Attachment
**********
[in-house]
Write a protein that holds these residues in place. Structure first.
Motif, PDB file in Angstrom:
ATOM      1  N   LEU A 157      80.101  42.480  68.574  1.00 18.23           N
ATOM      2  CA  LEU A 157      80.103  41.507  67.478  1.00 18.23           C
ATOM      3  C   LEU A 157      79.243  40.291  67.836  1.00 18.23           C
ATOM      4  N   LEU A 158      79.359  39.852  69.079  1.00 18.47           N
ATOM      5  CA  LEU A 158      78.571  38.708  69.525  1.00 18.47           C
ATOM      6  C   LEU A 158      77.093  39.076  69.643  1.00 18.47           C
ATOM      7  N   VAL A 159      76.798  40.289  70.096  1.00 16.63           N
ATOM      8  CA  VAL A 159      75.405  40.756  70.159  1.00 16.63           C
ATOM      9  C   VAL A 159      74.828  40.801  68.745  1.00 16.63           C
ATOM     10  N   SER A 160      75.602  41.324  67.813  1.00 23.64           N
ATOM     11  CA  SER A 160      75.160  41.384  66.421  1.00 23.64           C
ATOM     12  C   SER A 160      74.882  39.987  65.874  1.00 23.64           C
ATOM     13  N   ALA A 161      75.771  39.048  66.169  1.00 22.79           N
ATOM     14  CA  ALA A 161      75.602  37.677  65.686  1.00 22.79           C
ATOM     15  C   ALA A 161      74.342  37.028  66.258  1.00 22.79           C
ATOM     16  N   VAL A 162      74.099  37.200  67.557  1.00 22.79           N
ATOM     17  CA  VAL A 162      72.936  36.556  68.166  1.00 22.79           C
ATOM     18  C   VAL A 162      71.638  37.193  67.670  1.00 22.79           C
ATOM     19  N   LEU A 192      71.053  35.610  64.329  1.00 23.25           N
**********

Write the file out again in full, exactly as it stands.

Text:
[in-house]
Write a protein that holds these residues in place. Structure first.
Motif, PDB file in Angstrom:
ATOM      1  N   LEU A 157      80.101  42.480  68.574  1.00 18.23           N
ATOM      2  CA  LEU A 157      80.103  41.507  67.478  1.00 18.23           C
ATOM      3  C   LEU A 157      79.243  40.291  67.836  1.00 18.23           C
ATOM      4  N   LEU A 158      79.359  39.852  69.079  1.00 18.47           N
ATOM      5  CA  LEU A 158      78.571  38.708  69.525  1.00 18.47           C
ATOM      6  C   LEU A 158      77.093  39.076  69.643  1.00 18.47           C
ATOM      7  N   VAL A 159      76.798  40.289  70.096  1.00 16.63           N
ATOM      8  CA  VAL A 159      75.405  40.756  70.159  1.00 16.63           C
ATOM      9  C   VAL A 159      74.828  40.801  68.745  1.00 16.63           C
ATOM     10  N   SER A 160      75.602  41.324  67.813  1.00 23.64           N
ATOM     11  CA  SER A 160      75.160  41.384  66.421  1.00 23.64           C
ATOM     12  C   SER A 160      74.882  39.987  65.874  1.00 23.64           C
ATOM     13  N   ALA A 161      75.771  39.048  66.169  1.00 22.79           N
ATOM     14  CA  ALA A 161      75.602  37.677  65.686  1.00 22.79           C
ATOM     15  C   ALA A 161      74.342  37.028  66.258  1.00 22.79           C
ATOM     16  N   VAL A 162      74.099  37.200  67.557  1.00 22.79           N
ATOM     17  CA  VAL A 162      72.936  36.556  68.166  1.00 22.79           C
ATOM     18  C   VAL A 162      71.638  37.193  67.670  1.00 22.79           C
ATOM     19  N   LEU A 192      71.053  35.610  64.329  1.00 23.25           N